Gov. John Kasich spent an hour being interviewed by a National Journal reporter as part of several days spent in early February shadowing him. In her article, “The Case for Kasich,” Michelle Cottle appeared as amused at the governor’s legendary quirky, neurotic antics as she was smitten by his brassy boldness, a personality trait that has served him well throughout his nearly 40 years as a career politician. Make no mistake, John Kasich marches in the Republican band, plays all its favorite songs and, from time to time, marches out of step and plays out of tune on selected issues […]Full Story... →
Ohio Gov. John Kasich can’t say enough about balancing the federal budget, as he advances his long-shot odds of running for president by visiting mostly ruby red states to push what many conservatives and progressives say is his terrible idea for a constitutional convention that could reform the U.S. Constitutional in unpredictable and harmful ways.
When it comes to issues that impact women and their ability to make decisions in their own self-interest, Gov. Kasich is literally tongue-tied. Last fall, when he campaigned for a second term, Ohio’s glib governor had little to say about all the bad women’s health […]Full Story... →
Ohio Gov. John Kasich actually got away with not debating his gubernatorial challengers last year, and Ohio media took his stiff arm to voters in perfect stride as it swallowed whole his reason that his challenger’s campaign had crashed. Then, in the only gathering of the candidates—Ed FitzGerald for Democrats and Anita Rios for The Green Party—Gov. Kasich performed more like a petulant, spiteful child than a candidate that wants to win the hearts, minds, and votes of a nation.
Combative Kasich No Fan Of Debates
But Ohio’s combative, easily-angered governor, who largely disdains media and dislikes accounting […]Full Story... →
The Kasich Administration and GOP-controlled Ohio General Assembly has been all about “education reform” over the last 5 years, with an alleged focus on improving student achievement — especially decreasing the dropout rate. Recent legislation has focused on getting Ohio’s students to graduate from high school with not only a high school diploma, but for those not interested in college, some sort of industry credential.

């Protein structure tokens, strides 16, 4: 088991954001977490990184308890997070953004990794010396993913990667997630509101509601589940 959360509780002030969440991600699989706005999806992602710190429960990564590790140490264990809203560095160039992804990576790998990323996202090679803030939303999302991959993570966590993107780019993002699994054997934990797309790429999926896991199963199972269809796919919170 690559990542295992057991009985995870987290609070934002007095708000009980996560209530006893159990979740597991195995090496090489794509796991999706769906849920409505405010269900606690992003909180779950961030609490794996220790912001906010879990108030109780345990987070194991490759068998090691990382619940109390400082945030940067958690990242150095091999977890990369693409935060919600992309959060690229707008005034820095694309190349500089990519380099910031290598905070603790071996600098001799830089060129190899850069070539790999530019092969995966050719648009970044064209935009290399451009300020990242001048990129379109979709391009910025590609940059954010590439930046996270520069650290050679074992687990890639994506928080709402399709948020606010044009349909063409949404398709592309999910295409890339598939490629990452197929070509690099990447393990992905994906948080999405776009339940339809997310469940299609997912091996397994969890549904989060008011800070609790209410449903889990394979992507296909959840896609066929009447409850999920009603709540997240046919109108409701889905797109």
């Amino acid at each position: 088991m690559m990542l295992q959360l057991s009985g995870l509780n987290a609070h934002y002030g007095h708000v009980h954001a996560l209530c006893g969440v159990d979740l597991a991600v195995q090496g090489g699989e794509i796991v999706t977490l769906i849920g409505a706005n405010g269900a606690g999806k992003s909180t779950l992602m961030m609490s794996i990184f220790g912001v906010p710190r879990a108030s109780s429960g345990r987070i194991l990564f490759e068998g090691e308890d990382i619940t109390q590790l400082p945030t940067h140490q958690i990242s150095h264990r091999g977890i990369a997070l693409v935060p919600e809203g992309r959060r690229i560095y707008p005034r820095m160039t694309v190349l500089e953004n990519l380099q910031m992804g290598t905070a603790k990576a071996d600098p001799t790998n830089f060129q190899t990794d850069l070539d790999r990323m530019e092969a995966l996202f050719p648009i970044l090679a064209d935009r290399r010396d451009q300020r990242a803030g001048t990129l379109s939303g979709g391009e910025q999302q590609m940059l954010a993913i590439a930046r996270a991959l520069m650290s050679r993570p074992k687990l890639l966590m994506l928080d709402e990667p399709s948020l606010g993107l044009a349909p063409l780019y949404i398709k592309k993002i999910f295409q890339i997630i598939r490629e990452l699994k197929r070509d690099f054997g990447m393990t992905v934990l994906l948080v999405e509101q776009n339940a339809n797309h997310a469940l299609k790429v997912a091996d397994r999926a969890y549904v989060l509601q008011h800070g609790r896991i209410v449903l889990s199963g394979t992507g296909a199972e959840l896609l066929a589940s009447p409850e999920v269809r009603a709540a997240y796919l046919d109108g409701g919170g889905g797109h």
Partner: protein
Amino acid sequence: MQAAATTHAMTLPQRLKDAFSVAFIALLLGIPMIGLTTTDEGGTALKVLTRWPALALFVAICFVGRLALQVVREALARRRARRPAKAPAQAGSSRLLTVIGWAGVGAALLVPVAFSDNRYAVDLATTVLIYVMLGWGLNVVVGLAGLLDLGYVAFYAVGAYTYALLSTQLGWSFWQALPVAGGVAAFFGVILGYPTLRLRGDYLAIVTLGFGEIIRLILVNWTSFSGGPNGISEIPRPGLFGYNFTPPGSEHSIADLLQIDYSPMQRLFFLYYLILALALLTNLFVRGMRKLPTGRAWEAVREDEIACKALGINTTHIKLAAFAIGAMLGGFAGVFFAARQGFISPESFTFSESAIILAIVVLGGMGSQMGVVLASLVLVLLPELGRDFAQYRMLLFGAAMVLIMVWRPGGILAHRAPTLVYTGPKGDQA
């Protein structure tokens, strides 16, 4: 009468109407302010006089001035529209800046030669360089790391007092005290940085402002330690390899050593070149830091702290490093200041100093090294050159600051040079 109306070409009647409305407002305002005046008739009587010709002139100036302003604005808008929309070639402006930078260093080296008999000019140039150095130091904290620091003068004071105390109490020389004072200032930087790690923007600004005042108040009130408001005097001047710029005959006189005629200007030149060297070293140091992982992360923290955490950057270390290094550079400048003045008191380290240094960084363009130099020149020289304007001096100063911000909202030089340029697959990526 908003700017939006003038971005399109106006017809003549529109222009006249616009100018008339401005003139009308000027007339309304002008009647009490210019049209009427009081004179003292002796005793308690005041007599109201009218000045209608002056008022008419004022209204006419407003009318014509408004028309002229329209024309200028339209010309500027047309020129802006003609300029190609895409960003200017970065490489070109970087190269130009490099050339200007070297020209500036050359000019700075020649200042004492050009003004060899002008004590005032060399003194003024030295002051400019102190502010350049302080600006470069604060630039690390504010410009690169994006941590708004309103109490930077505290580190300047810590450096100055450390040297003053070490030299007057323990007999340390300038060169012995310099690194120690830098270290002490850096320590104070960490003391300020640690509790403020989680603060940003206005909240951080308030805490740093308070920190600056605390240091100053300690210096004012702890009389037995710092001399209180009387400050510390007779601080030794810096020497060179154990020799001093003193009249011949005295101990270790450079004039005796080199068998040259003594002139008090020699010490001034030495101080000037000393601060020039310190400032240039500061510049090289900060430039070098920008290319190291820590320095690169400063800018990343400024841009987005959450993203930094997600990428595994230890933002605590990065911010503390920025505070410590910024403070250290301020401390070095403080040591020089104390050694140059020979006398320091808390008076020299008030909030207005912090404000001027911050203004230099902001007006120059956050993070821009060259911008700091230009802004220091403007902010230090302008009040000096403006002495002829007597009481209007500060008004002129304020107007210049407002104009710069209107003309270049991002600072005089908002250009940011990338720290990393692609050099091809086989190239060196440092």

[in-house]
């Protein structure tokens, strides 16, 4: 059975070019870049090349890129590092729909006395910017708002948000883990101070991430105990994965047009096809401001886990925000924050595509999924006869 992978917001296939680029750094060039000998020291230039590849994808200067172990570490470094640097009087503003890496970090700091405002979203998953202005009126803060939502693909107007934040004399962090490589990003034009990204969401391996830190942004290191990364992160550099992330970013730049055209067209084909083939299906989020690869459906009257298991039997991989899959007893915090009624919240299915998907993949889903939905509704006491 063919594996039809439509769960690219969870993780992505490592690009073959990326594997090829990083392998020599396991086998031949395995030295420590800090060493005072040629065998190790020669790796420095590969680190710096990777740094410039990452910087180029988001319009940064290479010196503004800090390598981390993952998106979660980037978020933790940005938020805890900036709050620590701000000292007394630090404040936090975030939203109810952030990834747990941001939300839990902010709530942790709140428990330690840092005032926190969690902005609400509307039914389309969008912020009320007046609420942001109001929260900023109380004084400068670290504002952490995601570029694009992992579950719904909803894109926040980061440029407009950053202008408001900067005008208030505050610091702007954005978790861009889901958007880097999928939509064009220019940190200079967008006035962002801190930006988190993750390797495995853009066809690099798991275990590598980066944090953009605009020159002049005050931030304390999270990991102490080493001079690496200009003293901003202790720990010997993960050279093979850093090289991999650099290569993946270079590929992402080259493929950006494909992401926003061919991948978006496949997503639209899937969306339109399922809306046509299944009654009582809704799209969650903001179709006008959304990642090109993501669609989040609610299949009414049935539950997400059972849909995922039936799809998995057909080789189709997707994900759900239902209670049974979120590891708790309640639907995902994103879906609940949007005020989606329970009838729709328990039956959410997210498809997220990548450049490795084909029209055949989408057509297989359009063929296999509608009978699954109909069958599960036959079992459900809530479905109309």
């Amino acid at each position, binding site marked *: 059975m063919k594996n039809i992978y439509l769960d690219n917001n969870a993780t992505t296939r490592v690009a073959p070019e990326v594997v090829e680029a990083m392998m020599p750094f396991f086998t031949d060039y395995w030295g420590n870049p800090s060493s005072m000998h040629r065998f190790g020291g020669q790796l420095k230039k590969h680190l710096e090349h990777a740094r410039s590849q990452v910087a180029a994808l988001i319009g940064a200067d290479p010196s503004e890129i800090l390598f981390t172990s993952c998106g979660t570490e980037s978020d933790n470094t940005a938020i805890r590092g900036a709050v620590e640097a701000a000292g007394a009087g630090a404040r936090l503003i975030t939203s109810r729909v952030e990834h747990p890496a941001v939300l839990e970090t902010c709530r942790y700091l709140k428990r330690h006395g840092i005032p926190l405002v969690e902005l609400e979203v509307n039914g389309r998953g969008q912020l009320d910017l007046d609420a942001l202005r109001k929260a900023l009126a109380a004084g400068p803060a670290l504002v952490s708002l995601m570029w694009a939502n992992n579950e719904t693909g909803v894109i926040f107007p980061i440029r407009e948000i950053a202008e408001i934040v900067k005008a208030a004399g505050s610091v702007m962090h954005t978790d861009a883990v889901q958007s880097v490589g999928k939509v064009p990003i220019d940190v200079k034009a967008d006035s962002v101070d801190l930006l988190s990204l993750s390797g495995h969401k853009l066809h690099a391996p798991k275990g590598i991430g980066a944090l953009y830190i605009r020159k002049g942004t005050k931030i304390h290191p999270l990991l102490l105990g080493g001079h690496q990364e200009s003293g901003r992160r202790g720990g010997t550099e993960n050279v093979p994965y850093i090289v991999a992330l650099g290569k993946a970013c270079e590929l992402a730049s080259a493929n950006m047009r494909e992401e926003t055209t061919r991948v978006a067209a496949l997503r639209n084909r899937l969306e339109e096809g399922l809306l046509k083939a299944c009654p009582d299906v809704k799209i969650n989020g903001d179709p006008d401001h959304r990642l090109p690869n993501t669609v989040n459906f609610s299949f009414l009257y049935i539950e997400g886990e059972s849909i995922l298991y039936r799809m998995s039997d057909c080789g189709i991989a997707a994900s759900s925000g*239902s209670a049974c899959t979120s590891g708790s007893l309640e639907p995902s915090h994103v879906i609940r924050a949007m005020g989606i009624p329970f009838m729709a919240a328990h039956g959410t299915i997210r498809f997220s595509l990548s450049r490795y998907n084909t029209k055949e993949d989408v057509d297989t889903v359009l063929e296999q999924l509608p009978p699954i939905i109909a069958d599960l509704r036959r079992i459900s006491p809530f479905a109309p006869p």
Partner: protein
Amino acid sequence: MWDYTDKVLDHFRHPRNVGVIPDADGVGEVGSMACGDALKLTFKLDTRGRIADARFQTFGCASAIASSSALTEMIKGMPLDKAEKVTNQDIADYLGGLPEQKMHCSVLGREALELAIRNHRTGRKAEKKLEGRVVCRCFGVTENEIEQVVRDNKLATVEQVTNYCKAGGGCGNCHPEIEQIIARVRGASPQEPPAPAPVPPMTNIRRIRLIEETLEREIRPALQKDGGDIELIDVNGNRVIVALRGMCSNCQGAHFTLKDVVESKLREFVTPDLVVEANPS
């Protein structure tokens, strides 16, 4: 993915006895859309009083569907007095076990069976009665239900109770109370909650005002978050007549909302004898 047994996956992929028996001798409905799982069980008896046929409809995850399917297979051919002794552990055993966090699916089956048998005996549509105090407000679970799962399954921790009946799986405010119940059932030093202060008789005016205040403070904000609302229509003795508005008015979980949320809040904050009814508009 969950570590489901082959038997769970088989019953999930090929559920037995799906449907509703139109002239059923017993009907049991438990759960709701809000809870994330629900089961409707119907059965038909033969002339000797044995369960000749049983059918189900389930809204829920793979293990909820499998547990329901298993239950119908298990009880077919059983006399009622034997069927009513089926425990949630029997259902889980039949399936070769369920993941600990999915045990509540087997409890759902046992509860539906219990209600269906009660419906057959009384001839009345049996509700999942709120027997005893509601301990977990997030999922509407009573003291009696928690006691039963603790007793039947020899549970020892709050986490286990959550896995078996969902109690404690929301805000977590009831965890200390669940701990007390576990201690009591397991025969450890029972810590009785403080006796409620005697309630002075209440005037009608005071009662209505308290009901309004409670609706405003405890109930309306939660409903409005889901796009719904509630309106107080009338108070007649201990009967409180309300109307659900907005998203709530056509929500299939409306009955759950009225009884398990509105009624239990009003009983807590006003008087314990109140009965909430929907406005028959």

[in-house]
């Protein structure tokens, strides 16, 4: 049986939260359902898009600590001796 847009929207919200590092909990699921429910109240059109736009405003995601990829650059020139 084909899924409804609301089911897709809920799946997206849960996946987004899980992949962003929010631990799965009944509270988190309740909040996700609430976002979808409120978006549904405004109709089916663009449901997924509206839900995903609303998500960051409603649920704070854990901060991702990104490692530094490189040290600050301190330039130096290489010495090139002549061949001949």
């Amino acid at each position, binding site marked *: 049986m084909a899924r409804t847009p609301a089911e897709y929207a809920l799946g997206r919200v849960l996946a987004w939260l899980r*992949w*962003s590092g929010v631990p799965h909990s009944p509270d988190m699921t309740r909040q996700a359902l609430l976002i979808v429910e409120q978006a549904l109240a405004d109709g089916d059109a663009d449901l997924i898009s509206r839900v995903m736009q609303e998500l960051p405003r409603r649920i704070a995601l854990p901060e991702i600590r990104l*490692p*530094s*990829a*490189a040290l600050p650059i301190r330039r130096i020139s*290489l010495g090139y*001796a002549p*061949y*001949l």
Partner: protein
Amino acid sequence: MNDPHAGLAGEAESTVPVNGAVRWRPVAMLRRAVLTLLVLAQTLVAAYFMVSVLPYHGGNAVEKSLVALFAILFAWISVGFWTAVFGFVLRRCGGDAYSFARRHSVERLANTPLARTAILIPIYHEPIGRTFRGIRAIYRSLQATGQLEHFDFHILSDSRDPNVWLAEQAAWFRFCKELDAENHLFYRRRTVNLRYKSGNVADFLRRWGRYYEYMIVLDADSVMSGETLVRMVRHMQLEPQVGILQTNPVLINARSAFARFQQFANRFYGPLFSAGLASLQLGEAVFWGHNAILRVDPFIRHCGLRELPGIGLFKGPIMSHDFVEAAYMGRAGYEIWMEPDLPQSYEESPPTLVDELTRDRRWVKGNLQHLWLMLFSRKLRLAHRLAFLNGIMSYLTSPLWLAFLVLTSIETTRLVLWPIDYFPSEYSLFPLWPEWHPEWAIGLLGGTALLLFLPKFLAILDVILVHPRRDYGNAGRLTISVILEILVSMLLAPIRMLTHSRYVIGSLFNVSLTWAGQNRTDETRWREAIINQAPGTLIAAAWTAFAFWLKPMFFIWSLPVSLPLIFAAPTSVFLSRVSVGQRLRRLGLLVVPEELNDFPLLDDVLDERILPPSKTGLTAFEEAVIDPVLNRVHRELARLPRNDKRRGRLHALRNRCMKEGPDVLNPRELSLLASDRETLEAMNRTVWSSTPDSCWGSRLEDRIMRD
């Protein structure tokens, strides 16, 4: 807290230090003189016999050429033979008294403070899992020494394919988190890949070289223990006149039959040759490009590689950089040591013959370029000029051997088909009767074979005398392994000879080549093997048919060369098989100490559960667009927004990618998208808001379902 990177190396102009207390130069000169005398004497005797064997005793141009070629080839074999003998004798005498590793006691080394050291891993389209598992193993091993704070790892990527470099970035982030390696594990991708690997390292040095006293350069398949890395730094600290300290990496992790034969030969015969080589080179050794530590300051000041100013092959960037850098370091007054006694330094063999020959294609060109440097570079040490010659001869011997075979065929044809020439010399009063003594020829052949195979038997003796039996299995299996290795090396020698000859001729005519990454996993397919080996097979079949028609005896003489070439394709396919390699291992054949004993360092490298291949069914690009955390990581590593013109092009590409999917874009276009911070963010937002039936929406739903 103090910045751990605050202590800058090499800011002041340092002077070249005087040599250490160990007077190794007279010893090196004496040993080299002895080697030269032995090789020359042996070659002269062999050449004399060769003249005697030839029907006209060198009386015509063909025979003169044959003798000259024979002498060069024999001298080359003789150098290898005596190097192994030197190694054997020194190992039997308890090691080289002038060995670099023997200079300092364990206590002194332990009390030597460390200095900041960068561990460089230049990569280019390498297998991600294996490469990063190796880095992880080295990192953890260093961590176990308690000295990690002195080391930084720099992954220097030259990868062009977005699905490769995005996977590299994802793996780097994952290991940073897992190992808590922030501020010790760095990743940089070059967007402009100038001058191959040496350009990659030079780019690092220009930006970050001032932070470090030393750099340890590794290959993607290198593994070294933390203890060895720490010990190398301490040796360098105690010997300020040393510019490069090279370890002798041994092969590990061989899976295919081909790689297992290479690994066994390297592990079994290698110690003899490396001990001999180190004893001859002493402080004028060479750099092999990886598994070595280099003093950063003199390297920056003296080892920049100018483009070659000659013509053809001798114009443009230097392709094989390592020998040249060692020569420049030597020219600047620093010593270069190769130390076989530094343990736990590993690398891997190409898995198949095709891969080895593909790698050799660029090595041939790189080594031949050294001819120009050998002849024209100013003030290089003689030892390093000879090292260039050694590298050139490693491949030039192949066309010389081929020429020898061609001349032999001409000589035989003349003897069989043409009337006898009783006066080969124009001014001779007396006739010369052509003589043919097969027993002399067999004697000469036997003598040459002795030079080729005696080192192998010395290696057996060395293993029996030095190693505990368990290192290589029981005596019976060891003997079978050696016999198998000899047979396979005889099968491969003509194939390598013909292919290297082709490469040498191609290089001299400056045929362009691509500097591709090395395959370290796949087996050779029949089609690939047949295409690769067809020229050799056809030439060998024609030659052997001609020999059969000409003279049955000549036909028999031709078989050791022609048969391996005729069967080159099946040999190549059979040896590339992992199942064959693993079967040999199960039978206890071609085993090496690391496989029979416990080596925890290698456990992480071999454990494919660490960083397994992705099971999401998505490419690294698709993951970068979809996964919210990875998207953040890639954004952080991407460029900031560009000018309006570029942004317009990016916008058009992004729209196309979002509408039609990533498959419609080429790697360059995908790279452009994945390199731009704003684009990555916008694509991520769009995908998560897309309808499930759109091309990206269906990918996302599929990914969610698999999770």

The Third Grade Reading Guarantee, for example, has been continually touted as a step toward decreasing Ohio’s dropout rate (we strongly disagree with this assertion) and the legislature has held firm on this law even […]Full Story... →
The National Labor Relations Board [NLRB], established in 1935 by President Franklin Delano Roosevelt as an independent federal agency that protects the rights of private sector employees to join together, with or without a union to improve their wages and working conditions, lost a battle but is expected to win the war. A Republican-controlled U.S. Senate mustered a majority of votes  to reverse an NLRB rule that makes it easier for workers to hold union elections, but isn’t likely to muster a two-thirds vote  needed to override a presidential veto from President Obama. GOP officials will ultimately […]Full Story... →
Well, the party of cranks has struck again. If your interest took you past Apple’s new watch, you may have discovered that 47 Republican senators sent a letter to Iran’s leaders that warned of the fragility of any arms deal with the U.S. after President Obama leaves office.
Not that any of the senators, who make up a white guy street gang these days, would honestly believe their letter would in any way influence Iran. Rather, it was the cranks’ way of dismantling the presidency of Barack Obama, with Benjamin Natanyahu firmly in their corner.
Among the hooligan signers was […]Full Story... →
[Disclosure: I worked for then-Congressman Ted Strickland and lived down the street from the Stricklands growing up and I make no bones about supporting Ted Strickland’s Senate bid.]
As it relates to a possible Senate primary between former Congressman and Governor Ted Strickland and two-term Cincinnati councilperson P.G. Sittenfeld, I’ve heard a vocal minority of Democrats wave the 2014 elections as evidence of why we must have a primary. Here’s why this thinking is completely wrong, and if anything, the opposite is true. At least, once it became clear Strickland entered the race. The argument is based on the notion that the […]Full Story... →
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